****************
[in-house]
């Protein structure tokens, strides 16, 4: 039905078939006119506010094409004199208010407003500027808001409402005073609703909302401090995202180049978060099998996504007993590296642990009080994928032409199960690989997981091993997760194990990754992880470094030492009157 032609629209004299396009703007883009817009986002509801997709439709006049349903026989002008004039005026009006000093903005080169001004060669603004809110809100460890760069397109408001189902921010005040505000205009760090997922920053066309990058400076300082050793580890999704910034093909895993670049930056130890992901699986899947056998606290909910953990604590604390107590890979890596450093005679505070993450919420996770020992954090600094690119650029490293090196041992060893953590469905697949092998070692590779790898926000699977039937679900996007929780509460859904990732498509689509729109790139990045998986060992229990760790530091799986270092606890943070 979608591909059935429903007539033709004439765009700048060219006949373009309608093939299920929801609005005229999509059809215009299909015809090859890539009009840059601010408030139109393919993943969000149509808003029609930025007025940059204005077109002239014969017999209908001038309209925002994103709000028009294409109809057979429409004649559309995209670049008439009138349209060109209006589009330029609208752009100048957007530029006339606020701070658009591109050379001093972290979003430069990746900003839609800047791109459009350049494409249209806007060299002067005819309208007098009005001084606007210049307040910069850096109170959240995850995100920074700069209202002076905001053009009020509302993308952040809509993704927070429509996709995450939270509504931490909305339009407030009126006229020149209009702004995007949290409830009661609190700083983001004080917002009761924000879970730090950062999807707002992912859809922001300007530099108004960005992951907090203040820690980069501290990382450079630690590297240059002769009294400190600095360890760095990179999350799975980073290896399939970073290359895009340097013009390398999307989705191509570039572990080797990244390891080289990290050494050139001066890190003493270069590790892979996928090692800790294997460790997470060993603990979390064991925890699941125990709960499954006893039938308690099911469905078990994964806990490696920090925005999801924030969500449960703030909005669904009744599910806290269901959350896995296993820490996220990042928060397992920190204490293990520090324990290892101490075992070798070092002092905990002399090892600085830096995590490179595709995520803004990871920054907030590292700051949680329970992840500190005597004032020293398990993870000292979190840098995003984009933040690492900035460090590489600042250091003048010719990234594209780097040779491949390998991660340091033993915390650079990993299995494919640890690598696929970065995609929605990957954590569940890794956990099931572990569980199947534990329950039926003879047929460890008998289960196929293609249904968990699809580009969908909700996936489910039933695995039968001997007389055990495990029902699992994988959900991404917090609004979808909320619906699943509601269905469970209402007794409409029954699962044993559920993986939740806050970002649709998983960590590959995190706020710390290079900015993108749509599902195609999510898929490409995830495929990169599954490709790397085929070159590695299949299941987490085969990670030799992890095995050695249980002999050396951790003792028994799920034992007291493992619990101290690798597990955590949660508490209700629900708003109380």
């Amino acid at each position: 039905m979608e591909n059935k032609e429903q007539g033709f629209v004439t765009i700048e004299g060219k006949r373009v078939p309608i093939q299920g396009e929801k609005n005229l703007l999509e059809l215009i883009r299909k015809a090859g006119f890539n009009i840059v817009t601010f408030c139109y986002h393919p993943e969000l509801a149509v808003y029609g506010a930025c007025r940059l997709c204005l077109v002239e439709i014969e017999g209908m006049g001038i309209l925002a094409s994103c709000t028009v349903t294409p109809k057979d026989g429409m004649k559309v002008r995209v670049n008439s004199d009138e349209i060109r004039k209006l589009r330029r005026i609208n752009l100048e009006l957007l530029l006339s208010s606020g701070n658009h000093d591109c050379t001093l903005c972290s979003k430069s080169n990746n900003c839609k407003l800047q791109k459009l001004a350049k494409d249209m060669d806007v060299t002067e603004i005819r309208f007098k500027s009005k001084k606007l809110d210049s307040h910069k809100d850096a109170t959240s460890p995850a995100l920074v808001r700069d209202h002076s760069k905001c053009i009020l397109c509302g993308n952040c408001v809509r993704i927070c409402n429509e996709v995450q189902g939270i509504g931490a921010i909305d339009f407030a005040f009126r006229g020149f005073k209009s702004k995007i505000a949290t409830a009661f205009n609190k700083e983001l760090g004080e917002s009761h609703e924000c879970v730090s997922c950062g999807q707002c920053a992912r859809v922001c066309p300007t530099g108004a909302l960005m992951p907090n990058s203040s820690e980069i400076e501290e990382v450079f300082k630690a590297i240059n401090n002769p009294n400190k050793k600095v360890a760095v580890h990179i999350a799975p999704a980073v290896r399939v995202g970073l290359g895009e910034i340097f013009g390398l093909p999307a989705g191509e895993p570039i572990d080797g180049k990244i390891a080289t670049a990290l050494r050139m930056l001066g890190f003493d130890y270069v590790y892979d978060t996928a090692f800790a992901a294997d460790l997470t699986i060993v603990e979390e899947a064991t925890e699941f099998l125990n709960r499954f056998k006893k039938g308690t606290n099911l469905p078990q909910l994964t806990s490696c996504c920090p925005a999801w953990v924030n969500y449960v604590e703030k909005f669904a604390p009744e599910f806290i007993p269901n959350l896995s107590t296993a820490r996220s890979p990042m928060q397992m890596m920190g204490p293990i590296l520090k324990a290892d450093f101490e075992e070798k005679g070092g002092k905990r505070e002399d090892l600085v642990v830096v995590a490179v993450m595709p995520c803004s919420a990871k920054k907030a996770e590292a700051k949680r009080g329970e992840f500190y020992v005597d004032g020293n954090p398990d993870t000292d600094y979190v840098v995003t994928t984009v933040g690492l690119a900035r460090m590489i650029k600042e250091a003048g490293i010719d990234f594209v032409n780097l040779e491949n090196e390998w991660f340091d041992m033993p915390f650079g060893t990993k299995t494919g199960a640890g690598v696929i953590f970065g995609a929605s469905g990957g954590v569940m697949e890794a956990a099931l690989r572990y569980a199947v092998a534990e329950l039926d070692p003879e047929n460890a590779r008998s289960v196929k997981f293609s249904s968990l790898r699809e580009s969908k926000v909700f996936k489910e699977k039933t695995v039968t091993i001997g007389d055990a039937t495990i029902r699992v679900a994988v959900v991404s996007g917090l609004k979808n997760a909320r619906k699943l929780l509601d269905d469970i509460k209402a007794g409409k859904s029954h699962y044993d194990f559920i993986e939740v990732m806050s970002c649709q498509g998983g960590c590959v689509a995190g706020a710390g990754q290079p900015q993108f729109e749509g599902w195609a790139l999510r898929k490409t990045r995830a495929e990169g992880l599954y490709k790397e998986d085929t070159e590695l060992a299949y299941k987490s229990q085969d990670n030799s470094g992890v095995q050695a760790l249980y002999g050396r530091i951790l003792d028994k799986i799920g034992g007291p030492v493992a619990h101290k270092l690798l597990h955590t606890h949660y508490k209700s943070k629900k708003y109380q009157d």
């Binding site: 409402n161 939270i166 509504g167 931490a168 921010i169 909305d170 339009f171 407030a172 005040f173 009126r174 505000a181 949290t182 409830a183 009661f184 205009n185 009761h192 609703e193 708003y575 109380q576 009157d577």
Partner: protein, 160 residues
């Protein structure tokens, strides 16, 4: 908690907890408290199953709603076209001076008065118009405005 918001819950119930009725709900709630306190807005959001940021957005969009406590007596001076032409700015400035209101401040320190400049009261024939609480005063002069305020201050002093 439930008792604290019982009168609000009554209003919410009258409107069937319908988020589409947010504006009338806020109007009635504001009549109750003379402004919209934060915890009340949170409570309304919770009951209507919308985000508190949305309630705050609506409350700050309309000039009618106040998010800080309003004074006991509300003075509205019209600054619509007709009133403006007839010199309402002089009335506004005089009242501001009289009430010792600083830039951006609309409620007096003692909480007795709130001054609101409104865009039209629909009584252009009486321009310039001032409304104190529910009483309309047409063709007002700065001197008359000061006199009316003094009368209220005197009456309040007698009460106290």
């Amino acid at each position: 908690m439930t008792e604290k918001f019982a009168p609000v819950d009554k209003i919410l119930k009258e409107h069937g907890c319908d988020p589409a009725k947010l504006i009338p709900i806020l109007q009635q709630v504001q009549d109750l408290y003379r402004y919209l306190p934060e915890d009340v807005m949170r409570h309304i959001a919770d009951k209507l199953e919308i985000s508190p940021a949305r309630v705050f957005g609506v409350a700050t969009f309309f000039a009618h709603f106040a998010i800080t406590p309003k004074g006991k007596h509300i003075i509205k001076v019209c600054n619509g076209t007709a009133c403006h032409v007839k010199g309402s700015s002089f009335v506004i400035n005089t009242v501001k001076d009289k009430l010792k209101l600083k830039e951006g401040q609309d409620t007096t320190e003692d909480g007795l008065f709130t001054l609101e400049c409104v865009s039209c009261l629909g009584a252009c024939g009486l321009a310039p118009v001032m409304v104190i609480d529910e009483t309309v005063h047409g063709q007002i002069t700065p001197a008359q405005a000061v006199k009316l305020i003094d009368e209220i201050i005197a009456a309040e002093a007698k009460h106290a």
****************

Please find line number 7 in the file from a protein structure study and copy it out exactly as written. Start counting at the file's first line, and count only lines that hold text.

């Amino acid at each position: 908690m439930t008792e604290k918001f019982a009168p609000v819950d009554k209003i919410l119930k009258e409107h069937g907890c319908d988020p589409a009725k947010l504006i009338p709900i806020l109007q009635q709630v504001q009549d109750l408290y003379r402004y919209l306190p934060e915890d009340v807005m949170r409570h309304i959001a919770d009951k209507l199953e919308i985000s508190p940021a949305r309630v705050f957005g609506v409350a700050t969009f309309f000039a009618h709603f106040a998010i800080t406590p309003k004074g006991k007596h509300i003075i509205k001076v019209c600054n619509g076209t007709a009133c403006h032409v007839k010199g309402s700015s002089f009335v506004i400035n005089t009242v501001k001076d009289k009430l010792k209101l600083k830039e951006g401040q609309d409620t007096t320190e003692d909480g007795l008065f709130t001054l609101e400049c409104v865009s039209c009261l629909g009584a252009c024939g009486l321009a310039p118009v001032m409304v104190i609480d529910e009483t309309v005063h047409g063709q007002i002069t700065p001197a008359q405005a000061v006199k009316l305020i003094d009368e209220i201050i005197a009456a309040e002093a007698k009460h106290a």